You face two main problems, maybe three.
1) Lack of Arabic glyphs
2) or maybe 1a) It is a computer so some opt out of it but no joined up letters which is of more importance to Arabic than some other languages.
3) Arabic tends to be written right to left where most games are not built to work that way.
1) is generally solved by finding the font (most computer games will have pictures in one form or another, PC will tend to have vector images but we can skip that for now). A tile editor is the main tool here. If indeed it is compressed you will want a tool to handle that.
You will face a secondary issue in that Arabic has more characters than some other languages so you get to find space to fit them all in, or maybe add more which makes life considerably harder on older systems.
2) Joined up writing is quite complicated to implement, or you add extra characters to account for it. That said if you are happy to go with the unjoined thing because computers then so it goes.
3) Two things people do here
i) Use a lot of spaces to make it appear right to left. Main problems being lack of space in either the ROM (there is a reason people use French games in a lot of Arabic translations -- French tending to give you the longest sentences to begin with to make room for all the spaces) or the RAM if it is copied to it, secondary problem being if it is a game that pauses for a fraction of a second to write a new character then it can take a while to get to it.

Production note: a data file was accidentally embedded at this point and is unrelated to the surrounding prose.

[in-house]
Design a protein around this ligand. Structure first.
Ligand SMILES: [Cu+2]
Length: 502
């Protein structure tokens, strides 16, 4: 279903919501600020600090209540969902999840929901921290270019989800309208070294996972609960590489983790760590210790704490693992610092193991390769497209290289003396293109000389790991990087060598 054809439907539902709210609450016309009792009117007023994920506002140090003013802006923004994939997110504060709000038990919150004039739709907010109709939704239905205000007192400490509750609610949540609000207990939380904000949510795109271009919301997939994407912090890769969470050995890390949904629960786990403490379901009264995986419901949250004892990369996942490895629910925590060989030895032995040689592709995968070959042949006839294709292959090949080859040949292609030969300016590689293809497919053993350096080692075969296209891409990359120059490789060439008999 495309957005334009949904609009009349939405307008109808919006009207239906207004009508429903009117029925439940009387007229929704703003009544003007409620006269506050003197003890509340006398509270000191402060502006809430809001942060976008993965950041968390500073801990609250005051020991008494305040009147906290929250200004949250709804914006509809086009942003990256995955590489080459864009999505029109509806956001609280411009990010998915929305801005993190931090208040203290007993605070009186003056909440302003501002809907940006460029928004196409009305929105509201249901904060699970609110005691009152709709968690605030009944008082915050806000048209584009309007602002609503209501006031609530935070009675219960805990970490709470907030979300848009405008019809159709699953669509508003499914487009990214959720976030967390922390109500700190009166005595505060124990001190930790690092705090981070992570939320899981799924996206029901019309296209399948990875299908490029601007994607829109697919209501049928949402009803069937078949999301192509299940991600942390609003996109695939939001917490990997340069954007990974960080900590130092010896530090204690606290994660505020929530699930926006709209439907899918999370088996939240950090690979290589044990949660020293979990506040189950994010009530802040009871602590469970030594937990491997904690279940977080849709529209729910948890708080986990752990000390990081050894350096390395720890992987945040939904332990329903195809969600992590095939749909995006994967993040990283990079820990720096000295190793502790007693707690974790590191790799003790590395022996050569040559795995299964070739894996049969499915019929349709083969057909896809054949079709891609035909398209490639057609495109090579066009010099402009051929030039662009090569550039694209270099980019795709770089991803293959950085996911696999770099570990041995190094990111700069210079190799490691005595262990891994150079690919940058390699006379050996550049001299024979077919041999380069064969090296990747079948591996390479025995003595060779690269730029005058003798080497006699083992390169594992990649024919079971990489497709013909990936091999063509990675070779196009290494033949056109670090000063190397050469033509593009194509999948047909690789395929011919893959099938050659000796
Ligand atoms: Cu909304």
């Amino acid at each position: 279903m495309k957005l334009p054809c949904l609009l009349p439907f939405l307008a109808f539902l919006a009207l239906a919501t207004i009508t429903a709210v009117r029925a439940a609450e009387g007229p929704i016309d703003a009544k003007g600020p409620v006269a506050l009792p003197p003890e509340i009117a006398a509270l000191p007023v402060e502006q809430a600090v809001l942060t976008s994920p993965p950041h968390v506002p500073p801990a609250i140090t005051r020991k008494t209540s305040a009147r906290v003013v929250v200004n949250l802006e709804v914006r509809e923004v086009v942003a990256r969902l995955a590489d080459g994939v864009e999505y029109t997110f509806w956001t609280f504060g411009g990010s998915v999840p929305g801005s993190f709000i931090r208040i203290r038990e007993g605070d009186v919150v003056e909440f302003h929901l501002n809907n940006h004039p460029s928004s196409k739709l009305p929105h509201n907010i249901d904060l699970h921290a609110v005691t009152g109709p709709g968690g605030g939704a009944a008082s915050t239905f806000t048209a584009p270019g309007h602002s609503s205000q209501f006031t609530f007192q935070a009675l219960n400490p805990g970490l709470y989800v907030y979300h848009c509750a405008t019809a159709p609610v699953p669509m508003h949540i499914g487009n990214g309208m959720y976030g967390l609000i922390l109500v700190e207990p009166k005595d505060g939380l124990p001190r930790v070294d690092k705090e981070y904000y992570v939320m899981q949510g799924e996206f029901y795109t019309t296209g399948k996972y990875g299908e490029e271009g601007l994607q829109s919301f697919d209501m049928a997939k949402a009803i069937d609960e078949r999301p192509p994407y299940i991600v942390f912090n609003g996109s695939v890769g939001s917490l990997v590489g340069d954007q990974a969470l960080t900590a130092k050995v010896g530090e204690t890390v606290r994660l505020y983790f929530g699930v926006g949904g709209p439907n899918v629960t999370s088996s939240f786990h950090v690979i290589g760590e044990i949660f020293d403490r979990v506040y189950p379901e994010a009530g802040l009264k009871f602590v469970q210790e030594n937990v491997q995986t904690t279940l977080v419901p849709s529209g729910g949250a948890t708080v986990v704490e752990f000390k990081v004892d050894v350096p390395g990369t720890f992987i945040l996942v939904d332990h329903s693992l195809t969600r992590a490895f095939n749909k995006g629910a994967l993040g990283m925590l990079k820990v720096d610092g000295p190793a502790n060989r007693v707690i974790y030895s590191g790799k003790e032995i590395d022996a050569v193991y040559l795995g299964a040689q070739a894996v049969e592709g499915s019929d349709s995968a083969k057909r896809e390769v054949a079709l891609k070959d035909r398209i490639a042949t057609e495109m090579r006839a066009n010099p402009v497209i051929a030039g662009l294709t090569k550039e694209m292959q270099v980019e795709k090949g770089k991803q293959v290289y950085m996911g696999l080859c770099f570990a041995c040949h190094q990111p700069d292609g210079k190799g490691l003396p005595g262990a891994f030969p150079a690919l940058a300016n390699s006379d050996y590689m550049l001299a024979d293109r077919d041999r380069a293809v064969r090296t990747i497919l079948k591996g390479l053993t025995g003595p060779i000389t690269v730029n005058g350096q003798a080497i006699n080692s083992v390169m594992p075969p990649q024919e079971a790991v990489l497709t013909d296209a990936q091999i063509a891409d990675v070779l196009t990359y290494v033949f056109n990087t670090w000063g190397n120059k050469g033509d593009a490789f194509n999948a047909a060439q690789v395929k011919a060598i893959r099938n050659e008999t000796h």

ii) Actually recode the game to handle it. Difficulty of this is not so very much (in many ways I would place it as easier than a variable width font) but will see you messing with game code where a basic translation and using spaces can be learned over a weekend and no great technical abilities necessary. Anyway most games text handlers and game system hardware will start in the left hand side and go to the right. It is not so bad in some cases to set the origin on the right hand side, change the add to a subtract and greater than to less than, for all the maths that determines placement on screen, or maybe when to start a new line (some games will have a character in the text itself do that, others will use pointers, others will determine when something gets too long and go from there). The SNES even has the nice bonus of having decent subtract functionality (some older devices do not). Worst case you get to add some form of negative handling; add 1 to 256, which we will assume is the limit of the distance you want, and you get 257, subtract 5 from 4 and you get -1 which is a whole different game in binary maths and the ways computers will handle things (or alternatively you only have letters say 16 wide and if the number gets below 20 you say start new line).